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Discussion in 'Hobby/Travel Forum' started by SaggyWoman, Apr 8, 2003.
Have you seen this play yet?
No, but I had an 8-track of the London stage recording. Boy, that must date me.
I've seen it. I had two friends in a local production of it -- one was Judas (a female Judas no less) and the other way Mary Magdalene.
I don't really care for the musical, the playwrights showed their biases very strongly. Judas is very nearly the hero of the story.
Saw the original stage play in Drury Lane London back in 1980...which dates me even more.
Pros and cons in terms of theological content
Yours in Christ
It's coming to town with Sebastian Bach, of all people, playing Jesus.
I didn't like it. I prefer "Godspell".
I haven't seen JCS yet, but I have seen Godspell twice. I liked most of the music, but was at first offended that they portrayed Jesus as a "clown." I got over it.
How does it compare to technicolor dreamcoat?
As I remember, Jesus Christ Superstar had a few interesting theological perspectives (although I can't seem to remember any of them at this time ), but if you go see it, it should not be for the theology.
Have not seem dreamcoat, so I can't say. (Having Donny Osmond in the title role for the original production doesn't get me motivated to see it either.)
Actually, Osmond was pretty good. I would not recommend it as a guide to the scriptures, but it's not a bad musical.
Did his Joseph wear purple socks?
That play is a complete mockery!
I thought technicolor dreamcoat was great. Loved the music too.
Godspell, at first, I felt was a mockery.
I have seen both musicals. Joseph is much the same musically as Jesus Christ Superstar. Joseph is somewhat theologically offensive, but bearable. I found Jesus Christ Superstar to be outright blaspemous and had a real hard time watching it. I have to admit that I enjoy the music froma musical viewpoint, but still didn't like the musical overall.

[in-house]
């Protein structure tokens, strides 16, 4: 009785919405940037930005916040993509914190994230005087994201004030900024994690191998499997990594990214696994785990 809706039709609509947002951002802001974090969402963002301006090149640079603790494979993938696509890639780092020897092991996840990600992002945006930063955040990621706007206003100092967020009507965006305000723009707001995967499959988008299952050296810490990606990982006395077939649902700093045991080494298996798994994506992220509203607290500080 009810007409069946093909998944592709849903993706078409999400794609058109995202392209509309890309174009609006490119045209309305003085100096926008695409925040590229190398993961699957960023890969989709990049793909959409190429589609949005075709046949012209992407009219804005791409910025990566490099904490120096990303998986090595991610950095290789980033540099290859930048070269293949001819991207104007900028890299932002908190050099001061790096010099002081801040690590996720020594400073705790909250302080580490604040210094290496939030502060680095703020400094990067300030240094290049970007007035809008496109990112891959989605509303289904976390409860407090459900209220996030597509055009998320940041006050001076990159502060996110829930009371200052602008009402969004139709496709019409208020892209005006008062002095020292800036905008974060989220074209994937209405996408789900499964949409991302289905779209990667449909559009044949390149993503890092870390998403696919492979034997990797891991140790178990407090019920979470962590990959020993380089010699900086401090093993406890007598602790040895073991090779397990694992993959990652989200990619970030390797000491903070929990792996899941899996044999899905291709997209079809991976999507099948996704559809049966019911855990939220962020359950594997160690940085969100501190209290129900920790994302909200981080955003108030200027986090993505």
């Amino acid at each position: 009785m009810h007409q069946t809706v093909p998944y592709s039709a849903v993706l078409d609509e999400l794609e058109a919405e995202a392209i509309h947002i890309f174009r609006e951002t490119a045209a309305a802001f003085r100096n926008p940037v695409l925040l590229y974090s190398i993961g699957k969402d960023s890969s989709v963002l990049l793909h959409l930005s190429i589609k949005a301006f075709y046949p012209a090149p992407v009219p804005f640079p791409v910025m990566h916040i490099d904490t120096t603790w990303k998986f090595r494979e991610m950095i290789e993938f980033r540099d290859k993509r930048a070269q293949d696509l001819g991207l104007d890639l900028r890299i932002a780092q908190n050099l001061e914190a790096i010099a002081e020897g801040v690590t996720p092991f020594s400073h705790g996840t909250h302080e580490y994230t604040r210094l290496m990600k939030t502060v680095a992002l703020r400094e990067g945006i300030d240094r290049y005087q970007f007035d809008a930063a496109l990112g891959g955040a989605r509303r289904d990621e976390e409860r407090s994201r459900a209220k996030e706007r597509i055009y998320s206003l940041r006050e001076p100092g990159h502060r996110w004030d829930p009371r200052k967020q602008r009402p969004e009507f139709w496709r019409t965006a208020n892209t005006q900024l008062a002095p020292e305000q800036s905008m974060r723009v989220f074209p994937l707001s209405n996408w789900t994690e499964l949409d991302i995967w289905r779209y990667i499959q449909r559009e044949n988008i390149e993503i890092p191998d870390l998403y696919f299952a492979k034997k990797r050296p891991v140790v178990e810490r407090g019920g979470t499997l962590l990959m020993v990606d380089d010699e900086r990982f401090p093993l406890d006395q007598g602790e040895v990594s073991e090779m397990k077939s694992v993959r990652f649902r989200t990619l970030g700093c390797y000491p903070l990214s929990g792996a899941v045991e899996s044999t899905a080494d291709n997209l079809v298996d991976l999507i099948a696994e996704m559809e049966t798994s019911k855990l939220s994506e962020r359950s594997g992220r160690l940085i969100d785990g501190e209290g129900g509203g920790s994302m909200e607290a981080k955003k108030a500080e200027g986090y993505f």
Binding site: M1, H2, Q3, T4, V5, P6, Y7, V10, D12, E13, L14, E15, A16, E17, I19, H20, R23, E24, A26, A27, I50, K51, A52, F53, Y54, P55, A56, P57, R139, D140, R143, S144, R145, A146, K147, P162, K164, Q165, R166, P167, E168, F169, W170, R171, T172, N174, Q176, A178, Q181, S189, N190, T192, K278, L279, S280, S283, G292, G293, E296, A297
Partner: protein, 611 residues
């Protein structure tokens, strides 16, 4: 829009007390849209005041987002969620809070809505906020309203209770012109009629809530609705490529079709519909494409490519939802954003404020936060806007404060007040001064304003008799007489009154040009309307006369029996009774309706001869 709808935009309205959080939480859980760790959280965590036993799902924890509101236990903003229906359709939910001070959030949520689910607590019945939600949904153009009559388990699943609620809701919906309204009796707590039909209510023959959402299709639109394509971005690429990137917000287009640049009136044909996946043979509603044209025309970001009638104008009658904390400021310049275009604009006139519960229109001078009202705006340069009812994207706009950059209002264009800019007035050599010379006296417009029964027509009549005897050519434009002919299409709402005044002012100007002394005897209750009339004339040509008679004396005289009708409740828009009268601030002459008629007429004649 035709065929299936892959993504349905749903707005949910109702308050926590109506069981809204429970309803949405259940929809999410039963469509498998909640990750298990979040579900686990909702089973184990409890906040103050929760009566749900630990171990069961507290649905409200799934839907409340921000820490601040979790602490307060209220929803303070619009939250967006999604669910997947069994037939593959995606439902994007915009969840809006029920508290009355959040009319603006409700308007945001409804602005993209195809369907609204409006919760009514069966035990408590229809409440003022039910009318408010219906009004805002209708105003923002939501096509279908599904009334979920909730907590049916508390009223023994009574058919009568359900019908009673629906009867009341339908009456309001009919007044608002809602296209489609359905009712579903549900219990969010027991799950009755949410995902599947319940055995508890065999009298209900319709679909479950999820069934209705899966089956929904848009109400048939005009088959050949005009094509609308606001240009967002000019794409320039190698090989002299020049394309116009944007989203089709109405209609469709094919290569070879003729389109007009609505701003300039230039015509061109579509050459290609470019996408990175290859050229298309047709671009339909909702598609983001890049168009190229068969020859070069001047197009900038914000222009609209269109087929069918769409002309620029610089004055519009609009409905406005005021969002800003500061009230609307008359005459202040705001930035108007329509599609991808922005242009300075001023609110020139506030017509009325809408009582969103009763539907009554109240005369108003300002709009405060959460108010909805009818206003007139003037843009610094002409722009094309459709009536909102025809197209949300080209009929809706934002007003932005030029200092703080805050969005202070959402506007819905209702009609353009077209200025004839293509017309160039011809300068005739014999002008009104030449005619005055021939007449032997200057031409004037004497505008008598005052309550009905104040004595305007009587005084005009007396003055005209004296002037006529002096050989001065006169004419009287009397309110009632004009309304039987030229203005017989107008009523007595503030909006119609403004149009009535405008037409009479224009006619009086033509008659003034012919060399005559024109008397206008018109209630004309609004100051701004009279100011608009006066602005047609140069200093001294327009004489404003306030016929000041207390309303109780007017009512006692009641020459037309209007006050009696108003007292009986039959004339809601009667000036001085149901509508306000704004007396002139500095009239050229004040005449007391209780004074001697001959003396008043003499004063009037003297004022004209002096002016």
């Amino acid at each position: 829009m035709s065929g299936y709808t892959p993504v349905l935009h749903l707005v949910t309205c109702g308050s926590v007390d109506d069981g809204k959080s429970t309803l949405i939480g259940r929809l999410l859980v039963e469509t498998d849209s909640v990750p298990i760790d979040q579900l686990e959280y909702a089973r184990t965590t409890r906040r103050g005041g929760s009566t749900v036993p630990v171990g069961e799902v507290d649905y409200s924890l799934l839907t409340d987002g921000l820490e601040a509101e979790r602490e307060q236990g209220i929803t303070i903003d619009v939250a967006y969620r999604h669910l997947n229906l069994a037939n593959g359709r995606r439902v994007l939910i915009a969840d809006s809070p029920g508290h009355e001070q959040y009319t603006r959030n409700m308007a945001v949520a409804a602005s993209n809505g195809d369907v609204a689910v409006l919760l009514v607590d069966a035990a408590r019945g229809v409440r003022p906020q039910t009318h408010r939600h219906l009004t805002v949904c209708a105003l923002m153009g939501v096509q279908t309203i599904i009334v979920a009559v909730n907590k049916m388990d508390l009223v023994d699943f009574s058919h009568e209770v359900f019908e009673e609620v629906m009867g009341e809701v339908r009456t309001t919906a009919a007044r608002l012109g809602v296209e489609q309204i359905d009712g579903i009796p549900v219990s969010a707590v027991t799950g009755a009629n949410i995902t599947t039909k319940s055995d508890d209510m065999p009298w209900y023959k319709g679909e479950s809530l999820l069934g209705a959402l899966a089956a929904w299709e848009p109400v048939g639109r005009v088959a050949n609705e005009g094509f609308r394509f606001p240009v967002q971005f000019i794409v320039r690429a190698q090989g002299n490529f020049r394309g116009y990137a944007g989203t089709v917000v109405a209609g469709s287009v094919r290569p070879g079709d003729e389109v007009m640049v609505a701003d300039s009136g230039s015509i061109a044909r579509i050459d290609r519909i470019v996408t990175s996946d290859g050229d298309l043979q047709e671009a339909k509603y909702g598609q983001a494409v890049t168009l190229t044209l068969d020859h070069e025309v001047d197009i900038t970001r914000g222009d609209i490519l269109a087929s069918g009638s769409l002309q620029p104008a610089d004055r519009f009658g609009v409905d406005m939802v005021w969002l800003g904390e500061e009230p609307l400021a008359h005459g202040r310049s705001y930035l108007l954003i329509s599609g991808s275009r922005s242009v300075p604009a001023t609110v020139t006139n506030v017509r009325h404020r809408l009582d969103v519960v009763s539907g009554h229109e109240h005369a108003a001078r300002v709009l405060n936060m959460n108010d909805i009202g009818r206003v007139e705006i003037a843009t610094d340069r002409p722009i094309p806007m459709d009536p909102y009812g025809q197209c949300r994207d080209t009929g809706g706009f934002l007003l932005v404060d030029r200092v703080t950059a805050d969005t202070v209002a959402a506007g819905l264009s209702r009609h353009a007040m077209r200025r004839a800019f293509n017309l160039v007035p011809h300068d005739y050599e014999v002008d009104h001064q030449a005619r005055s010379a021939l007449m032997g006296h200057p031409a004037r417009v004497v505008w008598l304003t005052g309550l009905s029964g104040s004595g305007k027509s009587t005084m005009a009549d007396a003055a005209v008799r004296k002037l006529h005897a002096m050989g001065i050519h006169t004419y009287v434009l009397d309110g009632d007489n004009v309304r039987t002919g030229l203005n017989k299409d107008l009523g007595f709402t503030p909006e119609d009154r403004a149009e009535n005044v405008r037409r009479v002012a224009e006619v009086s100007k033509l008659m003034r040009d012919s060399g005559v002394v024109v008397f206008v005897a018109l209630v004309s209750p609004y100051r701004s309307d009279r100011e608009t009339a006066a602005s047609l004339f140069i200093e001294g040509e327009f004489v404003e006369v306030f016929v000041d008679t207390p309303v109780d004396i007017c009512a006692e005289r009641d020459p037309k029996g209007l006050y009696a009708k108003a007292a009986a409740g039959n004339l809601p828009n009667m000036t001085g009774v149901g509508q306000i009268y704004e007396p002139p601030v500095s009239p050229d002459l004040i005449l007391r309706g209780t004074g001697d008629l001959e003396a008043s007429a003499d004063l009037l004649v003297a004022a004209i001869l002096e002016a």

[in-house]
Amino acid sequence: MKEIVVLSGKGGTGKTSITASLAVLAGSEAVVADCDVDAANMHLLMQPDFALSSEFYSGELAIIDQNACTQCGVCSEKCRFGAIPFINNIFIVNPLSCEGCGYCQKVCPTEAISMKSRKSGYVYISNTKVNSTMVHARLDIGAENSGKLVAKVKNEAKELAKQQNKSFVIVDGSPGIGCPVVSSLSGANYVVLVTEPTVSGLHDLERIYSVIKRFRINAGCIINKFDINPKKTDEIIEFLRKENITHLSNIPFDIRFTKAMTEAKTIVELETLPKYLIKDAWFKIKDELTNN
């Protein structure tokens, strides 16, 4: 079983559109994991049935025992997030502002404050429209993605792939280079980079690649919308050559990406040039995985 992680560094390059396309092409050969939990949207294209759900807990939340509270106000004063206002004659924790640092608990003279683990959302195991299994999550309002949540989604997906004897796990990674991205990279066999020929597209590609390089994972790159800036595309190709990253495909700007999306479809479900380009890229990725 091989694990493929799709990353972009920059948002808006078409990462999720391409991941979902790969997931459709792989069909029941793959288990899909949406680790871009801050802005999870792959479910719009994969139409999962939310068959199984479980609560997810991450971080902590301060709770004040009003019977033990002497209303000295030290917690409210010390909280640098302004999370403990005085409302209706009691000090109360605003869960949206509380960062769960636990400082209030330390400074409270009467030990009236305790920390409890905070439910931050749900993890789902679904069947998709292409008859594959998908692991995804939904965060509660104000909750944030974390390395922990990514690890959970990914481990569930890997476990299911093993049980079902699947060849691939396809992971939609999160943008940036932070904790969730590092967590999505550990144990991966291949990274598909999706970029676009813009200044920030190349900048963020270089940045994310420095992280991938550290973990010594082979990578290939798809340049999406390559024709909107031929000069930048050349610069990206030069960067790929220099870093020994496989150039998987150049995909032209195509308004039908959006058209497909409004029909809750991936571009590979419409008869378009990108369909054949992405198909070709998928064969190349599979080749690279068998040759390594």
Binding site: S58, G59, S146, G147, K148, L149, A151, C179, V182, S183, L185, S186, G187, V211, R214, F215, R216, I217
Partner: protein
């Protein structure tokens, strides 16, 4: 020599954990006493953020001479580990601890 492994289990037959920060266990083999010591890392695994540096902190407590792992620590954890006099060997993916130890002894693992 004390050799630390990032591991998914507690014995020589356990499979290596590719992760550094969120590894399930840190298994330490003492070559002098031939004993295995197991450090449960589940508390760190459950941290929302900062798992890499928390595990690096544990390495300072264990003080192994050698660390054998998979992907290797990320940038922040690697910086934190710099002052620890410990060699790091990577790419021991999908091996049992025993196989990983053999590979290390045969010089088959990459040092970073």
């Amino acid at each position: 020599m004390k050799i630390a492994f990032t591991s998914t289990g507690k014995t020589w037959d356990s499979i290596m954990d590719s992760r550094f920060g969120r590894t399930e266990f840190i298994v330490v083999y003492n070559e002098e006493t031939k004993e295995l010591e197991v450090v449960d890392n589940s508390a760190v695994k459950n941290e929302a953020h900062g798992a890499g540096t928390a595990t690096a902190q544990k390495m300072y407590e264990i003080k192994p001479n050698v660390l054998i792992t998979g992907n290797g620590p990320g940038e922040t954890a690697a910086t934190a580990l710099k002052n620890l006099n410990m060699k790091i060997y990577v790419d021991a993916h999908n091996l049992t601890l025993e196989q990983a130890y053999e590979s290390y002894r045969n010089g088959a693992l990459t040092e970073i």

You thought dreamcoat was theologically offensive? How so?
If I made a statement, I think I would say dreamcoat was theologically hilarious. No disrespect intended.
Can remember picketing JC Superstar in 1971 in Flint, Michigan where it came off Broadway to play. Blasphemy is too nice a term; its writers openly proclaimed their disdain for christianity and desire to degrade the "myth" of Jesus.
It hurt a lot of people, turned many away from the Gospel, and still has lasting effects. Mary Magdalene's love song to Jesus is as blatantly sexual and the players acted the eroticism to an extreme.
Godspel was worse music and worse theology. I walked out of it and wrote scathing letters to our paper about it.
Think I'm going to waste my time or money to see a "technocolor dreamcoat"? Not going to happen a third time.
I saw technicolor dreamcoat. I heard it was written by people in the church. I thoroughly enjoyed that one.
Tomorrow night is the big date night.
Having just seen it, I would agree.
Having seen it, I didn't even care for the music. At points where it should have been powerful, it was weak. But I would agree with this comment otherwise.